Tuesday, November 8, 2011

There's A Reason

...that FLG doesn't write about, say Norwegian folk music, and that's because he knows fuckall about it. FLG wishes Erik Kain would understand this same lesson when he writes about economics. Now, FLG knows The Ancient will be disappointed that FLG isn't aiming higher and is instead getting pissed about economic ignoramuses, but whatever. Anyway, Erik riffs off a post by Matt Yglesias, another fucking economic genius who thinks that mumbling Baumol's cost disease and Red Queen's Race makes him sound sophisticated, on Bastiat's "What Is Seen and What Is Not Seen."

Regular readers will know that FLG cites this essay from time to time, which is unsurprising given FLG's time horizons theory and this passage:
There is only one difference between a bad economist and a good one: the bad economist confines himself to the visible effect; the good economist takes into account both the effect that can be seen and those effects that must be foreseen.

Yet this difference is tremendous; for it almost always happens that when the immediate consequence is favorable, the later consequences are disastrous, and vice versa. Whence it follows that the bad economist pursues a small present good that will be followed by a great evil to come, while the good economist pursues a great good to come, at the risk of a small present evil.

Here's Erik:
[Matt] goes on:

The bulk of his early cases proceed by referring to a number of situations in which apparently wealth-creating activities are not in fact creating wealth because the money to finance them has to be taken away from somebody else. This, of course, is precisely why fiscal stimulus doesn’t consist of simultaneously increasing taxes and spending. Instead the idea of stimulative policies is to either borrow money or else actually increase the stock of money. This basically covers the points about broken windows, demobilized soldiers, and public works. And note that on public works, even Bastiat explicitly says that increasing public works spending during hard times is smart policy even if it merely shifts prosperity from the future to the present.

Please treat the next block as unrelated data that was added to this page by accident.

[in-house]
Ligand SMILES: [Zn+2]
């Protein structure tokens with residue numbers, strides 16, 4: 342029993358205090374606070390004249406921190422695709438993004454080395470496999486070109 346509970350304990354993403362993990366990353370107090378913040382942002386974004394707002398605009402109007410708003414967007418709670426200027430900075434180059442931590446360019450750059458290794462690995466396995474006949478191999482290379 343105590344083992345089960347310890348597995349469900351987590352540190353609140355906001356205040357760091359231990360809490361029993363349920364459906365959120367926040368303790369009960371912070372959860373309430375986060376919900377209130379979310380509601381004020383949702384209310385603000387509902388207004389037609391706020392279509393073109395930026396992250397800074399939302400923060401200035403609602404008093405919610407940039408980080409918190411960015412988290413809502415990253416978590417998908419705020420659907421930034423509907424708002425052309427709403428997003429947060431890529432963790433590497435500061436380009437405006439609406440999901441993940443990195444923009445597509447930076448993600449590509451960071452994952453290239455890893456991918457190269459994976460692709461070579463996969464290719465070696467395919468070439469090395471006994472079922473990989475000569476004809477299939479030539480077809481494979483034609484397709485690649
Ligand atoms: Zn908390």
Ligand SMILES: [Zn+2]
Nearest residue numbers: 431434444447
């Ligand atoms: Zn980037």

I agree with all of this. The entire point of stimulus spending and expanded monetary policy, as opposed to simply paying people to break and fix windows, is to use borrowed money and an increase in the supply of money to boost consumer spending, financial lending, and eventually hiring. I think Bastiat makes some important points about demobilization and I think here and in other works he makes a strong case against protectionism, but I see nothing in this essay or elsewhere that really lays the groundwork for a broad, anti-Keynesian approach to managing a recession.

To be clear, the basic issue in Bastiat is that we can stimulate economic activity by destroying wealth, but it doesn't make society better off. You destroy a window, wealth, and it leads to creates work for a glazier, economic stimulus, but owner of the window is worse off. And while the glazier is better off that comes at the expense of somebody else, a shoemaker.

Now, if you want to look at the specific cases that Bastiat makes and then say that doesn't disprove Keynesian stimulus, well, that's great. Bastiat was long dead before Keynes came around.

Matt and Erik are wrong to say that in the case of deficit financed stimulus the money doesn't have to be taken away from somebody else. Remember, there's not such thing as a free lunch. It does have to be taken away from somebody else, specifically it has to be taken away from taxpayers in the future.

So, there are two questions, given Bastiat's concerns about when the "immediate consequence is favorable, the later consequences are disastrous."

1) How would the deficit finance stimulus effect the economy today?

When making the case for the stimulus, Christina Romer and Jared Bernstein said the multiplier would be 1.57.

2) How would those future tax increases affect the economy in the future? David and Christina, the same Christina, said:
Our baseline specification suggests that an exogenous tax increase of one percent of GDP lowers real GDP by roughly three percent.

Now, FLG understands that in one case we are talking about dollars and the second percentage of GDP. So, if the stimulus results in increased growth over the intervening years, then the size of the dollars used as stimulus as a percentage of GDP, even in real terms, will easier to pay off. But when the multipliers are 1.57 versus -3, that's a big difference to overcome.

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